Crime Library: Criminal Minds and Methods

The Disappearance of Lord Lucan

Thou Shall Not Kill

Lucan house at 46 Lower Belgrave Street
Lucan house at 46 Lower Belgrave
Something was amiss on the evening of Thursday, November 7, 1974, at the imposing, six-story brick house at 46 Lower Belgrave Street, one of Londons most fashionable neighborhoods. At about 8:55 p.m., 29-year-old nanny Sandra Rivett went downstairs to the basement kitchen to make some tea for her employer, Countess Veronica Lucan, wife of the Seventh Earl of Lucan. About 15 minutes later when Sandra had not returned, Lady Lucan became concerned. She left her three children upstairs and went down to the main level to look for Sandra.

The six stories of the house included a basement, where the breakfast room and kitchen were located. The ground floor held the dining and living areas of the house, as well as a cloakroom. Above the main level were four more upper floors with various other rooms, most of which were bedrooms.

While on the main floor, Lady Lucan noticed that the basement light was not on. When she tried the light switch, it did not work. Lady Lucan then called Sandras name. There was no reply.

Lady Lucan walked toward the cloakroom on the main floor, believing that the faint noises she heard coming from the small room were probably Sandras. Suddenly, she was brutally attacked and bludgeoned repeatedly on the head by a heavy object. When she screamed, a forceful voice commanded her to shut up.

Lady Lucan, barely 5 feet 2 and 100 pounds, struggled fiercely with the large menacing figure. Before she could make sense of what was happening, the attacker forced three gloved fingers down her throat. Then he tried to strangle her and gouge out one of her eyes, but the countess was not a woman easily defeated. She grabbed the mans testicles and squeezed them, temporarily incapacitating her attacker and making possible her eventual escape. The events that followed have created a mystery that spanned almost three decades and resulted in the disappearance of one of Britains most famous royal figures.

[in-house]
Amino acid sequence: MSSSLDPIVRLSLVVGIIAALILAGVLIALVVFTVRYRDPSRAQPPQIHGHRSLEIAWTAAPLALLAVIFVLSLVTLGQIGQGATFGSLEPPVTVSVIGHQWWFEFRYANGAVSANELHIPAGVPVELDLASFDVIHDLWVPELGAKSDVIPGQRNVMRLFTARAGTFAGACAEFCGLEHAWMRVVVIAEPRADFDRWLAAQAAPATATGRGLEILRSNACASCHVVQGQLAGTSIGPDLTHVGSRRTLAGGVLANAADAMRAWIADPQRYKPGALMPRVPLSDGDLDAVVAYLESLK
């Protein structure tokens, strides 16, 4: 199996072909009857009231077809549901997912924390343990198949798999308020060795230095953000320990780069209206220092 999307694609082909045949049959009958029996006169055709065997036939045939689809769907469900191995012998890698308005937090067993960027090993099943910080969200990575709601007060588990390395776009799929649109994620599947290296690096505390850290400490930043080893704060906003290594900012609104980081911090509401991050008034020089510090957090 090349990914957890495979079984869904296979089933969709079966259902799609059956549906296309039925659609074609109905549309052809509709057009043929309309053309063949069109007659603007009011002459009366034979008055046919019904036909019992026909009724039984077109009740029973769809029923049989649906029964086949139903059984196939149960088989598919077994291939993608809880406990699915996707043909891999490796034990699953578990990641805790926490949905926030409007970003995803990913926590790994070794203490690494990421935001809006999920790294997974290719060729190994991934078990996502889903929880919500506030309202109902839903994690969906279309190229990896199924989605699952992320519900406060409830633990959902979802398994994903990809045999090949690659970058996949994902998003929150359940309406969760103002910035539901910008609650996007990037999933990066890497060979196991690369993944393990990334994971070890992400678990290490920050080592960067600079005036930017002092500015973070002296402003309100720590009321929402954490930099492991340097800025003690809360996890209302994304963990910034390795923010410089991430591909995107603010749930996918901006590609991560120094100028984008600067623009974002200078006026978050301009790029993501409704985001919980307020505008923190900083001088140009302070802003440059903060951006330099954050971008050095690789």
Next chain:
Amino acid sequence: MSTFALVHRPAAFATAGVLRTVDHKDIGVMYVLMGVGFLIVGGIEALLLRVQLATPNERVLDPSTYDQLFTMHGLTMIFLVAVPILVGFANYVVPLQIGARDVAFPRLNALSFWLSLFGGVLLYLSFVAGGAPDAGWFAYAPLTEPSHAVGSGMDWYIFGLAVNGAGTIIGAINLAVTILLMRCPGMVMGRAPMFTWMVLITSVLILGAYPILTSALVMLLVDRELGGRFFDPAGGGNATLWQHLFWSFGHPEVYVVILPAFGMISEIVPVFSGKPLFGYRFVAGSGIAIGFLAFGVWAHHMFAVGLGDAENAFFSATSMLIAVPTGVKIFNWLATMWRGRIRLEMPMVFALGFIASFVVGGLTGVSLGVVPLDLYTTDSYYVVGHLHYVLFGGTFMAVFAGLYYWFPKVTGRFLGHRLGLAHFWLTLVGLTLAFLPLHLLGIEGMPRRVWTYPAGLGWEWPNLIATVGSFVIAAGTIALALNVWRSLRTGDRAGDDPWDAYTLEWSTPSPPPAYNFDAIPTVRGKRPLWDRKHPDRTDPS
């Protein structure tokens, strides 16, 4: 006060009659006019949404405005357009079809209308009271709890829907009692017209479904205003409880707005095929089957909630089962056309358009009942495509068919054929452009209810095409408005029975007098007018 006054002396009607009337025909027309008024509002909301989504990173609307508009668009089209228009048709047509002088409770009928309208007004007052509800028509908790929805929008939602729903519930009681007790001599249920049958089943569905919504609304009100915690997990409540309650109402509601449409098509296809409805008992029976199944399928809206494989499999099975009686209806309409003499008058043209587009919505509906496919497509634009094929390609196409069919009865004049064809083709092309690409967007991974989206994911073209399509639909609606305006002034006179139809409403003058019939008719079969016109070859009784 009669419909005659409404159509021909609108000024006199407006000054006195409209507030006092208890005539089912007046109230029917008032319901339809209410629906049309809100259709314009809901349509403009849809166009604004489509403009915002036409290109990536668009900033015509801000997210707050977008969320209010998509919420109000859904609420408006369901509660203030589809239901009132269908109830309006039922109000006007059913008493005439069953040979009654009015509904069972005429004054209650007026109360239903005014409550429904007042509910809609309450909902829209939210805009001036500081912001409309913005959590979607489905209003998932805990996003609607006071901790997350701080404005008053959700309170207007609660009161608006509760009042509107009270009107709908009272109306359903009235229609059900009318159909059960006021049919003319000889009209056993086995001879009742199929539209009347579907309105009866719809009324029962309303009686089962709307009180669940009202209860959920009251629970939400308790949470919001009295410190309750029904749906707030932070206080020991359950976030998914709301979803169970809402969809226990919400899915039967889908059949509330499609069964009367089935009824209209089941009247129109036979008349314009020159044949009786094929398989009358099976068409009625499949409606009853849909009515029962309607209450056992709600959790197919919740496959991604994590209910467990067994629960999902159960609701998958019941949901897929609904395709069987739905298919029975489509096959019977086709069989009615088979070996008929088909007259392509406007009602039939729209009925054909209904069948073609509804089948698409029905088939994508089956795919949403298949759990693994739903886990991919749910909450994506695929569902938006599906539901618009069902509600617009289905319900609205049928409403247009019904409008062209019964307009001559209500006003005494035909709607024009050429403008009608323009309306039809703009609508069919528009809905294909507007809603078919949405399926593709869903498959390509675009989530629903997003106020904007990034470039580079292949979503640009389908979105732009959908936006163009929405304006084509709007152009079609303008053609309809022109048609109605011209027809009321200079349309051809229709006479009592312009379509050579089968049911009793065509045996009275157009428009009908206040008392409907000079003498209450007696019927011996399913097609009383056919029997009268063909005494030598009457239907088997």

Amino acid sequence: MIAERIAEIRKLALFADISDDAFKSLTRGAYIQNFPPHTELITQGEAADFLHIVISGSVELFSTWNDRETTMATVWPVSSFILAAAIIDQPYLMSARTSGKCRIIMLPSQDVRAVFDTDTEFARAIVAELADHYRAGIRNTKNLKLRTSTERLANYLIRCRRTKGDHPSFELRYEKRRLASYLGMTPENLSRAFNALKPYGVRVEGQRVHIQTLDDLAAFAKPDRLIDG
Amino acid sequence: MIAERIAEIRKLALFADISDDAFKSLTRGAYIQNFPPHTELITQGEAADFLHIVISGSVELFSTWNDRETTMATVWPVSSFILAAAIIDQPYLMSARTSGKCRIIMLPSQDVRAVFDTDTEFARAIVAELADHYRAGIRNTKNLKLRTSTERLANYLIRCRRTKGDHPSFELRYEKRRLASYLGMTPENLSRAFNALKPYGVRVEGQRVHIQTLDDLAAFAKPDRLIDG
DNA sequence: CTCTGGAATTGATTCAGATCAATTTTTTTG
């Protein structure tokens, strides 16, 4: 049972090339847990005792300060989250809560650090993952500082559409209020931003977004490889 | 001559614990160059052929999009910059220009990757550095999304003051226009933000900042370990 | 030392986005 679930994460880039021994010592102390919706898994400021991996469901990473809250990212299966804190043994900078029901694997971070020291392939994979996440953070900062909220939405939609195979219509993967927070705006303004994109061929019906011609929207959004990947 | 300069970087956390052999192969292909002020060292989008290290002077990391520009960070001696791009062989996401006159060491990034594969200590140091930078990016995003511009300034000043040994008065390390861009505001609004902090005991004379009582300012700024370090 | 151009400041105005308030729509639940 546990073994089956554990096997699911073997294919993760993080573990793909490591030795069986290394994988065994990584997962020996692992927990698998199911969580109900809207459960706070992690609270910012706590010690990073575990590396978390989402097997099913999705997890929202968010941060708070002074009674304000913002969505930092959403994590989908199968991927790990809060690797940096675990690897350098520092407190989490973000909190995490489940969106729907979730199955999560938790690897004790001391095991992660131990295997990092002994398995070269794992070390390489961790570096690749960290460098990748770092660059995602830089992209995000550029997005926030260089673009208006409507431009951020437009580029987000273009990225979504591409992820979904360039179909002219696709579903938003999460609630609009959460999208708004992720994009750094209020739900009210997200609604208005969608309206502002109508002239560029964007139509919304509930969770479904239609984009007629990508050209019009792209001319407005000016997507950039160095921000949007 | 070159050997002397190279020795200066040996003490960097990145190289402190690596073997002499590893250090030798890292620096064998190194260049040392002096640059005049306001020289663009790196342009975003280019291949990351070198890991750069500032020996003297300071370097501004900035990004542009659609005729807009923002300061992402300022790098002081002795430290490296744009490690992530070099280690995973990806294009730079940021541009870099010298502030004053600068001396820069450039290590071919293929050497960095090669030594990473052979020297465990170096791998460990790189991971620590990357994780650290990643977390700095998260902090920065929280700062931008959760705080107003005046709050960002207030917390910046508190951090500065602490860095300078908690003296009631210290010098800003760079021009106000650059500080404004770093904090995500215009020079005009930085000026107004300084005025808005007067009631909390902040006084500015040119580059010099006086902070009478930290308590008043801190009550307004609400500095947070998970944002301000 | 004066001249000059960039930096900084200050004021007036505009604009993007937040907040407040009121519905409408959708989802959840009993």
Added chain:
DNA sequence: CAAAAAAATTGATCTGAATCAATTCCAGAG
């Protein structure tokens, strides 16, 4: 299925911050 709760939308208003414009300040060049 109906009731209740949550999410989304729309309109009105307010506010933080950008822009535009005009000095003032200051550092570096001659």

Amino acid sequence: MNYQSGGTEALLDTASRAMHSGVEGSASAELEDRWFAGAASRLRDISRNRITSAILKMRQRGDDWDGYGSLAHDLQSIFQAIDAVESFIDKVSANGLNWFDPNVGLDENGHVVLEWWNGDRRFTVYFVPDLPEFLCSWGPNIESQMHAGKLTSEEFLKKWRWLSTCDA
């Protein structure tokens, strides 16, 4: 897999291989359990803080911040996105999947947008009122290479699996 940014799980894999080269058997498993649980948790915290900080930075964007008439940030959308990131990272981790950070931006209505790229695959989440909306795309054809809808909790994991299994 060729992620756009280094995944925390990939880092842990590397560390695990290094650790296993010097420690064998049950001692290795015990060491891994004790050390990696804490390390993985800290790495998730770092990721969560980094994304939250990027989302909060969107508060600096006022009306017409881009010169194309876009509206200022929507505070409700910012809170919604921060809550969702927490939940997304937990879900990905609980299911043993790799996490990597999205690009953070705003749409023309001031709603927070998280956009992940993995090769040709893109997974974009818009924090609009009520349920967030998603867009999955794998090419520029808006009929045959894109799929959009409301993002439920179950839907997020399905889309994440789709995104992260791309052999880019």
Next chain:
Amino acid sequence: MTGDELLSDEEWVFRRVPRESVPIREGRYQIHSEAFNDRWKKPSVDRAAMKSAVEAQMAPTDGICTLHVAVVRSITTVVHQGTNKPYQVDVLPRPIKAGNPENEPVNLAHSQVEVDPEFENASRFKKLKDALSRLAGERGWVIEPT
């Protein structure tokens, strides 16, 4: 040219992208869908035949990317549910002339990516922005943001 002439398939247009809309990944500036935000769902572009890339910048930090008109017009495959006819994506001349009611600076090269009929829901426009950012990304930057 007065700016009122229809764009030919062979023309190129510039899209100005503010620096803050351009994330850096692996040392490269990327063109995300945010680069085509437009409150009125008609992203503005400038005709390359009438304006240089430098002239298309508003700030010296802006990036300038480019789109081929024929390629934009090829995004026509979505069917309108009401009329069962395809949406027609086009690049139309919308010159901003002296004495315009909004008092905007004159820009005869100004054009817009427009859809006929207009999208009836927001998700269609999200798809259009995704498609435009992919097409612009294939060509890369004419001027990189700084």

Murder, murder! I think my neck has been broken! Hes tried to kill me! Lady Lucan said as she burst through the doors of the local pub in her blood-soaked night dress. The Plumbers Arms was just 30 yards from the Lucans home. Ive just escaped from being murdered. Hes in the house. Hes murdered the nanny! The children were still in the house with the murderer, she managed to convey to her audience, but nobody rushed over to save them. Instead, someone at the pub called the police, who rushed to the Lucan home. Lady Lucan, who had collapsed unconscious on the floor, was taken to a nearby hospital.

The police forced open the door to the stately home and began a search. They noticed a lot of blood on the ground floor stairwell. Concerned about the childrens safety, they immediately searched the upper floors. The three Lucan children were found unharmed. Two of the youngest children, Lord Bingham, 7, and Lady Camilla, 4, were asleep in their rooms. Lady Frances, 10, was watching television in a second-floor bedroom.

Police noticed on further inspection of the ground level that the basement door was open. Near the door they found on the floor a twisted, bloody 9-inch piece of lead pipe, wrapped with tape. As police continued their search, they found more blood in the basement breakfast room. Within the blood lay pieces of smashed china. There was an unscrewed light bulb on one of the chairs in the basement, which police suspected the intruder had taken out so that his victim could not see him.

Sandra Rivett, the murdered nanny
Sandra Rivett, the murdered
Police also found in the basement a canvas mailbag, lying in a large pool of blood. Inside the bag they found the bloody body of the nanny, Sandra Rivett. She had severe skull injuries on the back of her head.

At about midnight, police went to Lord Lucans Elizabeth Street apartment, where he had lived since separating from his wife more than a year earlier. But investigators could not find him.



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